Inventory Management_Jan 2011_Give

Inventory Management_Jan 2011_Give - Inventory Management...

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Unformatted text preview: Inventory Management Inventory Elements of Inventory Management Inventory Control Systems Economic Order Quantity Models Quantity Discounts Reorder Point Order Quantity for a Periodic Inventory System What Is Inventory? Stock of items kept to meet future demand Purpose of inventory management how many units to order when to order The Material Flow Cycle The The Material Flow Cycle Input Other Wait Time Move Time Queue Time Setup Time Run Time Output Cycle Time 1 Run time: Job is at machine and being worked on Job 2 Setup time: Job is at the work station, and the work station is being "setup." 3 Queue time: Job is where it should be, but is not being processed because other work precedes it. 4 Move time: The time a job spends in transit 5 Wait time: When one process is finished, but the job is waiting to be moved to the next work area. 6 Other: "Just-in-case" inventory. "Just- in- Disadvantages of Inventory Higher costs Higher Item cost (if purchased) Item Ordering (or setup) cost Ordering Costs of forms, clerks’ wages etc. Costs clerks’ Holding (or carrying) cost Holding Building lease, insurance, taxes etc. Building Difficult to control Difficult Hides production problems Hides Increasing Variability of Orders Up the Supply Chain Lee, H, P. Padmanabhan and S. Wang (1997), Sloan Management Review Lee, Review Inventory and Supply Chain Management Bullwhip effect Bullwhip demand information is distorted as it moves away demand from the end-use customer endhigher safety - stock i.e. inventories are stored to higher compensate Seasonal or cyclical demand Seasonal Inventory provides independence from vendors Inventory Take advantage of price discounts Take Inventory provides independence between Inventory stages and avoids work stoppages Inventory Classifications Two Forms of Demand Two Dependent Dependent Demand for items used to produce Demand final products Tires stored at a Goodyear plant are an example of a dependent demand item Independent Independent Demand for items used by external Demand customers Cars, appliances, computers, and houses are examples of independent demand inventory Inventory Control Systems Continuous system (fixedContinuous (fixedorder-quantity) orderconstant amount ordered constant when inventory declines to predetermined level Periodic system (fixed-timePeriodic (fixed- timeperiod) order placed for variable order amount after fixed passage of time ABC Classification ABC Class A Class 5 – 15 % of units 70 – 80 % of value 70 Class B Class 30 % of units 30 15 % of value 15 Class C Class 50 – 60 % of units 50 5 – 10 % of value Maruti maintains DOL – for monitoring of inventory of class A Maruti and certain class B items ABC Classification: Example PART 1 2 3 4 5 6 7 8 9 10 UNIT COST $ 60 350 30 80 30 20 10 320 510 20 ANNUAL USAGE 90 40 130 60 100 180 170 50 60 120 ABC Classification: ABC Example (cont.) PART TOTAL PART VALUE % OF TOTAL % OF TOTAL UNIT COSTQUANTITY % CUMMULATIVE ANNUAL USAGE VALUE 9 8 2 1 4 3 6 5 10 7 $30,600 1 16,000 2 14,000 3 5,400 4 4,800 5 3,900 3,600 6 CLASS 3,000 7 2,400 A 8 1,700 B 9 C $85,400 10 35.9 6.0 $ 60 18.7 5.0 350 16.4 4.0 30 6.3 9.0 80 5.6 6.0 30 4.6 10.0 4.2 % OF TOTAL 18.0 20 VALUE ITEMS 3.5 13.0 10 12.0 9, 8,2.8 2 71.0 320 17.0 1, 4,2.0 3 16.5 510 6, 5, 10, 7 12.5 20 6.0 90 11.0 40 A 15.0 130 24.0 60 30.0 B 100 40.0 % 58.0 180 OF TOTAL QUANTITY 71.0 170 C 83.0 15.0 50 100.0 25.0 60 60.0 120 Example 10.1 Inventory Costs Carrying cost Carrying cost of holding an item in inventory cost Ordering cost Ordering cost of replenishing inventory cost Shortage cost Shortage temporary or permanent loss of sales temporary when demand cannot be met Economic Order Quantity (EOQ) Models EOQ optimal order quantity that will minimize total inventory costs Basic EOQ model Production quantity model Assumptions of Basic EOQ Model Demand is known with certainty and Demand is constant over time No shortages are allowed No Lead time for the receipt of orders is Lead constant Order quantity is received all at once Order Inventory Order Cycle Order quantity, Q Inventory Level Demand Demand rate Average inventory Q 2 Reorder point, R 0 Lead time Order Order placed receipt Lead time Order Order placed receipt Time EOQ Cost Model Co - cost of placing order Cc - annual per-unit carrying cost perAnnual ordering cost = Annual carrying cost = Total cost = D - annual demand Q - order quantity C oD Q C cQ 2 C cQ C oD + Q 2 EOQ Cost Model EOQ Deriving Qopt TC = CoD C cQ + Q 2 Proving equality of costs at optimal point CoD C cQ = Q 2 Q2 = 2CoD Cc 2CoD Cc CoD Cc ∂TC =– 2 + Q 2 ∂Q C0D Cc 0=– 2 + Q 2 Qopt = 2CoD Cc Qopt = EOQ Cost Model (cont.) Annual cost ($) Slope = 0 Minimum total cost Carrying Cost = CcQ 2 Total Cost Ordering Cost = CoD Q Optimal order Qopt Order Quantity, Q EOQ Example EOQ Cc = $0.75 per gallon Qopt = Qopt = 2CoD Cc 2(150)(10,000) (0.75) Co = $150 TCmin = TCmin = D = 10,000 gallons CcQ CoD + Q 2 (150)(10,000) (0.75)(2,000) + 2,000 2 Qopt = 2,000 gallons Orders per year = = = D/Qopt 10,000/2,000 5 orders/year TCmin = $750 + $750 = $1,500 Order cycle time = = = 311 days/(D/Qopt) 311/5 62.2 store days Production Quantity Model An inventory system in which an order is received gradually, as inventory is simultaneously being depleted AKA non-instantaneous receipt model assumption that Q is received all at once is relaxed p - daily rate at which an order is received over time, a.k.a. production rate d - daily rate at which inventory is demanded Production Quantity Model Production (cont.) Inventory level Maximum inventory level Average inventory level Q(1-d/p) (1- Q (1-d/p) (12 0 Order receipt period Begin End order order receipt receipt Time Production Quantity Model (cont.) p = production rate Maximum inventory level = Q Q d p d p d = demand rate =Q1Average inventory level = C oD C c Q Q + 2 1- 2CoD Qopt = Cc 1 d p Q d 1p 2 d p TC = Production Quantity Model: Production Example Cc = $0.75 per gallon Co = $150 d = 10,000/311 = 32.2 gallons per day 2 C oD Qopt = Cc 1 - d p = 0.75 1 D = 10,000 gallons p = 150 gallons per day 2(150)(10,000) 32.2 150 = 2,256.8 gallons TC = C oD C c Q d Q + 2 1- p = $1,329 Production run = 2,256.8 Q = = 15.05 days per order p 150 Production Quantity Model: Example (cont.) Number of production runs = 10,000 D = = 4.43 runs/year 2,256.8 Q d p 32.2 150 Maximum inventory level = Q 1 - = 2,256.8 1 - = 1,772 gallons Quantity Discounts Quantity Price per unit decreases as order quantity increases TC = where P = per unit price of the item D = annual demand CoD CcQ + + PD PD Q 2 Quantity Discount Model (cont.) ORDER SIZE 0 - 99 100 – 199 200+ PRICE $10 8 (d1) 6 (d2) TC = ($10 ) ($10 TC (d1 = $8 ) $8 TC TC (d2 = $6 ) $6 Inventory Inventory cost ($) Carrying cost Ordering cost Q(d1 ) = 100 Qopt 100 Q(d2 ) = 200 200 Quantity Discount: Example Quantity QUANTITY 1 - 49 50 - 89 90+ Qopt = For Q = 72.5 TC = For Q = 90 TC = PRICE $1,400 1,100 900 2 C oD = Cc Co = $2,500 Cc = $190 per TV D = 200 TVs per year 2(2500)(200) = 72.5 TVs 190 CcQopt C oD + + PD = $233,784 PD $233,784 2 Qopt C cQ C oD + + PD = $194,105 PD $194,105 2 Q Reorder Point Level of inventory at which a new order is placed R = dL dL where d = demand rate per period L = lead time Reorder Point: Example Reorder Demand = 10,000 gallons/year Store open 311 days/year Daily demand = 10,000 / 311 = 32.154 gallons/day Lead time = L = 10 days R = dL = (32.154)(10) = 321.54 gallons Safety Stocks Safety stock Safety buffer added to on hand inventory during lead buffer time Stockout Stockout an inventory shortage an Service level Service probability that the inventory available during probability lead time will meet demand Variable Demand with Variable a Reorder Point Q Inventory level Reorder point, R 0 LT Time LT Reorder Point with a Safety Stock Inventory level Q Reorder point, R Safety Stock 0 LT Time LT Reorder Point with variable demand Reorder Finding the reorder point requires an understanding of Finding the demand-during-lead-time distribution demand- during- lead- P Day 1 Day + sd=10 d =100 sd=10 d =100 Day 2 Day + sd=10 d =100 Day 3 Day = S’=17.3 DDLT DDL z ROP ROP X = 300 300 Daily demand is normally distributed with Daily a mean of d = 100 and a standard deviation of sd = 10 10 Lead time is 3 days Lead X = d × LT = 100(3) = 300 s' = sd LT = 10 3 = 17.3 Reorder Point With Variable Demand R = dL + zσd L dL where d = average daily demand L = lead time σd = the standard deviation of daily demand z = number of standard deviations corresponding to the service level probability zσd L = safety stock Reorder Point for Reorder a Service Level Probability of meeting demand during lead time = service level Probability of a stockout Safety stock zσd L dL Demand R Reorder Point for Variable Demand The paint store wants a reorder point with a 95% service level and a 5% stockout probability d = 30 gallons per day L = 10 days σd = 5 gallons per day For a 95% service level, z = 1.65 R = dL + z σd L dL = 30(10) + (1.65)(5)( 10) = 326.1 gallons Safety stock = z σd L = (1.65)(5)( 10) = 26.1 gallons Periodic Inventory System Periodic Order Quantity for a Periodic Inventory System Q = d(tb + L) + zσd where d tb L σd zσd = average demand rate = the fixed time between orders = lead time = standard deviation of demand tb + L - I tb + L = safety stock I = inventory level Fixed-Period Model with Fixed Variable Demand d = 6 packages per day σd = 1.2 packages tb = 60 days L = 5 days I = 8 packages z = 1.65 (for a 95% service level) Q= d(tb + L) + zσd tb + L - I = (6)(60 + 5) + (1.65)(1.2) = 397.96 packages 60 + 5 - 8 Thank you ...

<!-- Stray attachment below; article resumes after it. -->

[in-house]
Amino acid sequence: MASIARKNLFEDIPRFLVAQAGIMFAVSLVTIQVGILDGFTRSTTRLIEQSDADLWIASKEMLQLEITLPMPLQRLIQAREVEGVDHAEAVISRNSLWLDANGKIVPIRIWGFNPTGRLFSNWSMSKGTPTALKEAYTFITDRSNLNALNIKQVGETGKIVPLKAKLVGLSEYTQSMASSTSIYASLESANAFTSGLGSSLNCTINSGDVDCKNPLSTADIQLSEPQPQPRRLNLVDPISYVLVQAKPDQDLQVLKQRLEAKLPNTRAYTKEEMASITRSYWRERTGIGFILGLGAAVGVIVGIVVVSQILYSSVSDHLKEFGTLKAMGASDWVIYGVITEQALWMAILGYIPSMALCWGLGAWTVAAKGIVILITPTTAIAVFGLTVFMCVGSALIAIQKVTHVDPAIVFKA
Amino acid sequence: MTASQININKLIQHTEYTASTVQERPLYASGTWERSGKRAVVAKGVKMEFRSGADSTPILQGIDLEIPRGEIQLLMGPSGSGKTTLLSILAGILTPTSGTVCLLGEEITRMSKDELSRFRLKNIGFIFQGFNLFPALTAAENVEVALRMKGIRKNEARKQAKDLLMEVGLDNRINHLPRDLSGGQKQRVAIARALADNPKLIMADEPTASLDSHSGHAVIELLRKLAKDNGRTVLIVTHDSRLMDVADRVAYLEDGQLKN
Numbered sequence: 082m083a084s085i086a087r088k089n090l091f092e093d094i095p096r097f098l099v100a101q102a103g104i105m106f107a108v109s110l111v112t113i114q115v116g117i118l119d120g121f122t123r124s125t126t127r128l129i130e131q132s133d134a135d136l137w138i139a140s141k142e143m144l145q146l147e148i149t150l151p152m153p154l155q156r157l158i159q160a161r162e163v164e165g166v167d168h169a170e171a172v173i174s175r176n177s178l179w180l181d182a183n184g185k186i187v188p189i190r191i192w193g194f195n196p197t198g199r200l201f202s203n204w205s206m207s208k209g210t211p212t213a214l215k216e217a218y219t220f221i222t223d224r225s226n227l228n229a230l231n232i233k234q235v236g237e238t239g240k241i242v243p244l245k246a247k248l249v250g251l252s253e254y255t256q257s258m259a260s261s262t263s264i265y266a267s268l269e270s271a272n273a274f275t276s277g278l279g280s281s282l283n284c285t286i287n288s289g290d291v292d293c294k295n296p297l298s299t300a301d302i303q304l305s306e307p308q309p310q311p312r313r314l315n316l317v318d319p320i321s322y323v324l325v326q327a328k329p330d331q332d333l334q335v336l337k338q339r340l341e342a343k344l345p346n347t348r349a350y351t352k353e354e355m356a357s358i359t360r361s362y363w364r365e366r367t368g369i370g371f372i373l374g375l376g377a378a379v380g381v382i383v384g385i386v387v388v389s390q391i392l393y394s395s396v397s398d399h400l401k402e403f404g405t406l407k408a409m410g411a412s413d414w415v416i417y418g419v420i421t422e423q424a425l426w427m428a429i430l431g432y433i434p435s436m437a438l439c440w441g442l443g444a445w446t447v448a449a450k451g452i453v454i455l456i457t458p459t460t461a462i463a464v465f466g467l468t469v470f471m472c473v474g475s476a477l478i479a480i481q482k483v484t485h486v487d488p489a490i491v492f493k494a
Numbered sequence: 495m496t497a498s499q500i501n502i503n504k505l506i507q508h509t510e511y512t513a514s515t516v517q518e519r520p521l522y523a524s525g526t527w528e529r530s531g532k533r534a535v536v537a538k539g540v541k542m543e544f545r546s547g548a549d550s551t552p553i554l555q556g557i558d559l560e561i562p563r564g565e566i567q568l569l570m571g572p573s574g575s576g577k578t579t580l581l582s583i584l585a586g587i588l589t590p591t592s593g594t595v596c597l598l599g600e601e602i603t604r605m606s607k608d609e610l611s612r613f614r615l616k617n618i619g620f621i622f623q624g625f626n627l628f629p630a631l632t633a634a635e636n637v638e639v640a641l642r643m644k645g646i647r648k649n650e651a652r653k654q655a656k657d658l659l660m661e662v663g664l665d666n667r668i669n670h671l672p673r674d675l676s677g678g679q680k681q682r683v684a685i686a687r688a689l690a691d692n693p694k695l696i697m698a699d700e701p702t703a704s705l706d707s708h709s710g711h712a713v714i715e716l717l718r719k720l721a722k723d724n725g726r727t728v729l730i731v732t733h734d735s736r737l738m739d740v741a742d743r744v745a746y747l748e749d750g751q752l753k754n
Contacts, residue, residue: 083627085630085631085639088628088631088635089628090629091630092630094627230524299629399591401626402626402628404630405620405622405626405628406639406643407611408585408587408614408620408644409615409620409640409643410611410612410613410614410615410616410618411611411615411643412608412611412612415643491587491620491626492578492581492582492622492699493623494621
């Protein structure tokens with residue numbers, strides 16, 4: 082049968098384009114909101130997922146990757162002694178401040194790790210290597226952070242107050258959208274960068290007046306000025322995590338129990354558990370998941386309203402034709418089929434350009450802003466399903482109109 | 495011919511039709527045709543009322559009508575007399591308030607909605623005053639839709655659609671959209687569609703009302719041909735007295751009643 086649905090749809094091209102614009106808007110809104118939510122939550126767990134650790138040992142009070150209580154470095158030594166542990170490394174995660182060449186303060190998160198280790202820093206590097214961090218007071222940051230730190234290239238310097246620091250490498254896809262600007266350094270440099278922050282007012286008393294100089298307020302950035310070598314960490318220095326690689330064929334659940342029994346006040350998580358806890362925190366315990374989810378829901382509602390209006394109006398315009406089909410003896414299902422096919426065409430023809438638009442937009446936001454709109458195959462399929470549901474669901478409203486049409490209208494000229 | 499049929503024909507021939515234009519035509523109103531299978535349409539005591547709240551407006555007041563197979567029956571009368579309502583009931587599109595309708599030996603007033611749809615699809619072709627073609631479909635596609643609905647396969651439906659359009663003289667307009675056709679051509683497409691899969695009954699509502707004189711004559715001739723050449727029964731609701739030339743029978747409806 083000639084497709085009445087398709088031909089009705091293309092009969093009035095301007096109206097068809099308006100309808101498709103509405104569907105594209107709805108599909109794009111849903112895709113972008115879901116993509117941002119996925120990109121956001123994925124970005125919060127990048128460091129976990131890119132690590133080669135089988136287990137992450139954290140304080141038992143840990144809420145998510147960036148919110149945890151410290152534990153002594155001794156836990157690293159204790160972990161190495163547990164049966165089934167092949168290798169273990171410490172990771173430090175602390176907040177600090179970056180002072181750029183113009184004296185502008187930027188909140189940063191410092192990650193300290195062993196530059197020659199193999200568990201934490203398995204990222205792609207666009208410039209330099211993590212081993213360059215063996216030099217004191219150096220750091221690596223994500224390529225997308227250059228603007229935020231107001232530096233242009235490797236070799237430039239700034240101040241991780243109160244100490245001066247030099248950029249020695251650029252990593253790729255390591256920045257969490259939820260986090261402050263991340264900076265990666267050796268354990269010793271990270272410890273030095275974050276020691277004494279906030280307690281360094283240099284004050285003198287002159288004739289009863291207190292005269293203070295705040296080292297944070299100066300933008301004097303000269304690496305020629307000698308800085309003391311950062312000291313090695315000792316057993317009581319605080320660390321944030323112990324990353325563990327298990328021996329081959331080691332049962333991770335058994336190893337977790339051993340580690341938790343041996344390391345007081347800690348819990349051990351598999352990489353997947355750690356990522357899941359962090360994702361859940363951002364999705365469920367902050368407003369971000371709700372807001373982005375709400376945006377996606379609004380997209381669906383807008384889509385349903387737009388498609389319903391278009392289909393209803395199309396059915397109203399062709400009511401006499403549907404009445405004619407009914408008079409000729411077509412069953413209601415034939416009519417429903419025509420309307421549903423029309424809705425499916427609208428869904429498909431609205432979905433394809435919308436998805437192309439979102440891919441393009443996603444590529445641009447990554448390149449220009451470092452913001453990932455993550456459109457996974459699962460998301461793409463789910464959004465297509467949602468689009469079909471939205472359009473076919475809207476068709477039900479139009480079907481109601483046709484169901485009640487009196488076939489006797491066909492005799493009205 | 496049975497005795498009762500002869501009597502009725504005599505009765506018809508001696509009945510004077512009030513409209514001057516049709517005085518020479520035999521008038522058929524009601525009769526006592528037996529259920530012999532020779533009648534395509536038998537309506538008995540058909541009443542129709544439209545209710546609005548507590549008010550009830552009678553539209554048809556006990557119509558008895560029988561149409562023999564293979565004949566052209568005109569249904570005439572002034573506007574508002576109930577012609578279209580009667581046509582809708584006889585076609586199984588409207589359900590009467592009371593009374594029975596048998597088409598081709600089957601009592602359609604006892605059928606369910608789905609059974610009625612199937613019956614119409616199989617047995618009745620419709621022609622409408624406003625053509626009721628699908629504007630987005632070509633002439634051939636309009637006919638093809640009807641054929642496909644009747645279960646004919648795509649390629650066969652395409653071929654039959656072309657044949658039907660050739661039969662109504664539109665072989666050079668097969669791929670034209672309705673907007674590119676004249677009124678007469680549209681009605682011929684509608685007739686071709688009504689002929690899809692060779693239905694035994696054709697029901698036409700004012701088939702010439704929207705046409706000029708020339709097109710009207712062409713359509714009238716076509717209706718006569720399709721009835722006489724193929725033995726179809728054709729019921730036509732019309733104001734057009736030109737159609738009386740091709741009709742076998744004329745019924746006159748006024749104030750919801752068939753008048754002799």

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This note was uploaded on 03/03/2011 for the course MARKETING 101 taught by Professor Singh during the Spring '11 term at Management Development Institute.